Want to Know Your Credit Score?
Comparing Credit Scores is Like Comparing Apples to Oranges
When seeking financing, most people ask themselves, “What’s my credit score?” and, “Will my score be high enough for me to qualify for the loan I want?” Keep in mind that credit scores differ depending on the type of financing you apply for, whether it be for a home or auto loan, credit card, or a business loan.
To help determine the credit scores needed for loan approval, ask yourself these 2 questions:
(1) IF I APPLY FOR FINANCING, WHICH CREDIT SCORES ARE NEEDED?
The minimum credit score to qualify for an auto loan varies greatly among lenders. With no government-backed financing programs for auto loans, each lender determines their own score requirements for loan approval. The credit score also affects the interest rate, length of term, and amount of down payment needed. Most banks and credit unions typically have minimum score requirements around 640. However, high risk lenders simply raise the interest rate (up to 30%, or more) to account for a very low credit score.
For auto loans, high-risk lenders simply raise the interest rate to account for a very low credit score.
There are many mortgage loan programs – each has different minimum credit scores to qualify. Most government-backed mortgage programs, such as FHA, VA, FNMA, etc., require scores of 600 or above. Loans from banks and credit unions that are held in their portfolio (portfolio loans) are not backed by the government, so the minimum score required to qualify is determined by each individual lender. Also consider that your income and amount of down payment may affect the minimum credit score a lender requires.
Credit scores needed for business loan approval are somewhat the same from bank to bank, although typically a score of 680+ is needed. Business financing is more strict because bank examiners regularly review the loans held by a bank to see that the bank is financially sound. Banks are discouraged from holding onto loans that are not performing or loans deemed to be high risk (based on the borrowers credit, profitability and reserves).
SBA loans are government-backed business loans, requiring at least a 720+ credit score. “Alternative lenders” are non-bank entities that offer financing to business owners with lower credit scores (usually a 620+). Interest rates usually begin around 10%, and can exceed 30%.
(2) WHICH CREDIT REPORTING AGENCIES ARE USED FOR LOAN APPROVAL?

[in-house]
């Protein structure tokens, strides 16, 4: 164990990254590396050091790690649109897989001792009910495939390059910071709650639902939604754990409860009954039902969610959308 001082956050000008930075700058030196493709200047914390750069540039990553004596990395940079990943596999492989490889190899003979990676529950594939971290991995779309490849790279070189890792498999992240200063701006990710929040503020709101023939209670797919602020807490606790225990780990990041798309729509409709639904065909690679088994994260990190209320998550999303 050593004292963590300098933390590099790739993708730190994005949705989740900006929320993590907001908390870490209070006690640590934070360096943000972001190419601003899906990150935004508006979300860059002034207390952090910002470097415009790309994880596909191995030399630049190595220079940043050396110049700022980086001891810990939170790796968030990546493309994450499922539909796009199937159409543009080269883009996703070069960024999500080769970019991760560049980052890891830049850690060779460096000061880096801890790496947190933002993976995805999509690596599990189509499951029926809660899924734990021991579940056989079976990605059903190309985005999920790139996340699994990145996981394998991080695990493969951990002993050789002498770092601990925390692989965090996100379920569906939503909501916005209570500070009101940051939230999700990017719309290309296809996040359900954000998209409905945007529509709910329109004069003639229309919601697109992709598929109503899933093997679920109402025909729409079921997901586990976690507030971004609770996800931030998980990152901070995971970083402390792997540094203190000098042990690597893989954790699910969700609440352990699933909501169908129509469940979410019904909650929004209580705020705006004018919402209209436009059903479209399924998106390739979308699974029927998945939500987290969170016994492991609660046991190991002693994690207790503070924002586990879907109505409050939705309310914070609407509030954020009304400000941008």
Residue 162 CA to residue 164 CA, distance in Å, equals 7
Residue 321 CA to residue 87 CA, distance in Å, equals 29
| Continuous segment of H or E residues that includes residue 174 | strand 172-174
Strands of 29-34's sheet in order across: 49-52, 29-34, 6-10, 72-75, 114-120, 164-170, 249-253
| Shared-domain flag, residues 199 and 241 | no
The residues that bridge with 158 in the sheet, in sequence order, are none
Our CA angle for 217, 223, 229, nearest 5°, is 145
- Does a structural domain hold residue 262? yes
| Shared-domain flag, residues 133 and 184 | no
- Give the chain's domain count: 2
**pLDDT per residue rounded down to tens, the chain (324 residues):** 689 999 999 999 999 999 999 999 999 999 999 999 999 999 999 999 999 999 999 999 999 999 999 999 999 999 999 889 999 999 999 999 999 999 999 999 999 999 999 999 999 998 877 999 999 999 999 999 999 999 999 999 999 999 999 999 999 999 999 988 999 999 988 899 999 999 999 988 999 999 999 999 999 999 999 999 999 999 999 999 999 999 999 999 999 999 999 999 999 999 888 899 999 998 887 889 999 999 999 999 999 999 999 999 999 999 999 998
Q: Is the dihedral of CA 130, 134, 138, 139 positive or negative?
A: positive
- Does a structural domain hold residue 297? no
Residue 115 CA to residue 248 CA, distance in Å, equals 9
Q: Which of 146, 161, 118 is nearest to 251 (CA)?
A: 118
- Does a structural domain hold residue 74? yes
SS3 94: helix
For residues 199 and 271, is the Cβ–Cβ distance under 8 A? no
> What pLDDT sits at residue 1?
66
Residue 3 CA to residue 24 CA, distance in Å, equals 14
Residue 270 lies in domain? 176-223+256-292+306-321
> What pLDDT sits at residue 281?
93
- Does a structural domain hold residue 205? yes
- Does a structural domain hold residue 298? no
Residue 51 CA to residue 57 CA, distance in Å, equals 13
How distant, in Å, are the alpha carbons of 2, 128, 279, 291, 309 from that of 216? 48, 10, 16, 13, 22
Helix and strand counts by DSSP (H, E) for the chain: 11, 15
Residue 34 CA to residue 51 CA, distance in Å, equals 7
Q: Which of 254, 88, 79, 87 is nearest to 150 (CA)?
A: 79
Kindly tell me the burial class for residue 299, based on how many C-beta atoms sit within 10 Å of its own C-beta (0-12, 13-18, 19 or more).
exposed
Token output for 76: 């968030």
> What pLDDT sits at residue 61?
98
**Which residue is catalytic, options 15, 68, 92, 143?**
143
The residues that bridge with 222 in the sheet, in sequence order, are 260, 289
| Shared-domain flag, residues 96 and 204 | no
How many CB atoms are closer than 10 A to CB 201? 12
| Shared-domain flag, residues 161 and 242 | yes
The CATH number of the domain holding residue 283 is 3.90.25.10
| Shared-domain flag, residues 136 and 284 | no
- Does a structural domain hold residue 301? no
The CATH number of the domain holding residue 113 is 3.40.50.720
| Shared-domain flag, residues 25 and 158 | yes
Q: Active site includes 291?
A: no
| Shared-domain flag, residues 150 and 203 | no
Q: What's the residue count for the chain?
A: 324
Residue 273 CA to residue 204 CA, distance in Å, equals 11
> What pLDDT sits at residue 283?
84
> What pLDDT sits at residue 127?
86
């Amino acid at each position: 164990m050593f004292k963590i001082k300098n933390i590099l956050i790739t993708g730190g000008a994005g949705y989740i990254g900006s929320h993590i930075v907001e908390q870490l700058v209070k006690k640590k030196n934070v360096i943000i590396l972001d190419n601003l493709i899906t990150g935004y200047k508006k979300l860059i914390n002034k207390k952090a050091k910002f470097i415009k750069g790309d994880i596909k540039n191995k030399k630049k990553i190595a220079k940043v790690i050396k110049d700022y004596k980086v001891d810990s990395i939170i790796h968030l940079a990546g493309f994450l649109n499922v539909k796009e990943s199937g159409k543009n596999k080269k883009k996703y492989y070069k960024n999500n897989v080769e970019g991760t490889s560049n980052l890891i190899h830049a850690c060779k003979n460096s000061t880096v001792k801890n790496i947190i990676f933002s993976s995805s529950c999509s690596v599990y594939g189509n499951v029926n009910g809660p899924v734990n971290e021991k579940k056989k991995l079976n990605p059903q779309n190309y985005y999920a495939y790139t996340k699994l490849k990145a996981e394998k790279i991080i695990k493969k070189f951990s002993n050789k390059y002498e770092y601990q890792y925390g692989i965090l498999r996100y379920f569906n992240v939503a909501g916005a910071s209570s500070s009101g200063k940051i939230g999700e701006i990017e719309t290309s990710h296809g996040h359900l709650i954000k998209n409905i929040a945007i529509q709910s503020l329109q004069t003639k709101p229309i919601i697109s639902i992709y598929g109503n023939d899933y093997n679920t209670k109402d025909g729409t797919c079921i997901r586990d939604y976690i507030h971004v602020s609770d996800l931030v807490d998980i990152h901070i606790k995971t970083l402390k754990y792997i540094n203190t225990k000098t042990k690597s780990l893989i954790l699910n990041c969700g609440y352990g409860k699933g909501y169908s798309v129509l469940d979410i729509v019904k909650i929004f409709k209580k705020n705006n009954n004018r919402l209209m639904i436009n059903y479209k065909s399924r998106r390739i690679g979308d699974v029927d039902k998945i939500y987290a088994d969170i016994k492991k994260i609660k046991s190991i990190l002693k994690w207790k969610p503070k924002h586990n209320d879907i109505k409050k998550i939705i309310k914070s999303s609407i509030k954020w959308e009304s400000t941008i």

Most banks and credit unions use a consumer loan scoring formula developed by the Fair Isaac Company (FICO), while most high risk lenders (auto finance companies) use formulas developed by other companies. Also, know that many lenders look at only one CRA score (i.e; TransUnion); although, some lenders will look at all three CRA scores and use the middle score.
Spouses: Banks, credit unions, and finance companies vary in whether a spouse is required to be on an auto loan. If so, then the lower score of the two spouses will be used to determine loan approval and the interest rate. The key thing to remember is that if your score is not high enough at one lender, check another. There’s a lot of variation in loan approval guidelines from bank to bank.
Scores from all three credit reporting agencies (CRAs) – TransUnion, Equifax, and Experian – are used when applying for a home loan, with the middle score being used to determine loan approval. FICO provides the formula for calculating mortgage scores. A key point to remember is that your FICO mortgage score will be the same no matter which mortgage lender pulls it.
Spouses: A spouse’s credit score is required if the spouse’s income is needed to qualify for the loan amount. However, some lenders require both spouses to be on the loan even if the spouse’s income is not needed to qualify for the loan amount. In this case, the lower of the two spouses’ middle scores is used to determine loan approval.
For mortgage loans, your FICO scores will be the same no matter which mortgage lender pulls it.
Most banks and credit unions will pull credit from only one CRA when determining your business loan approval. Usually this score is based on a FICO-based consumer or mortgage loan formula. Loans for small businesses (under $5 million in revenue) will almost always be underwritten based upon the creditworthiness of the owner(s), even though the business may have an established credit history. Spouses are usually only required to be on the loan if they are involved in the business, have ownership interest in the business, or if they have ownership in the collateral used for the loan.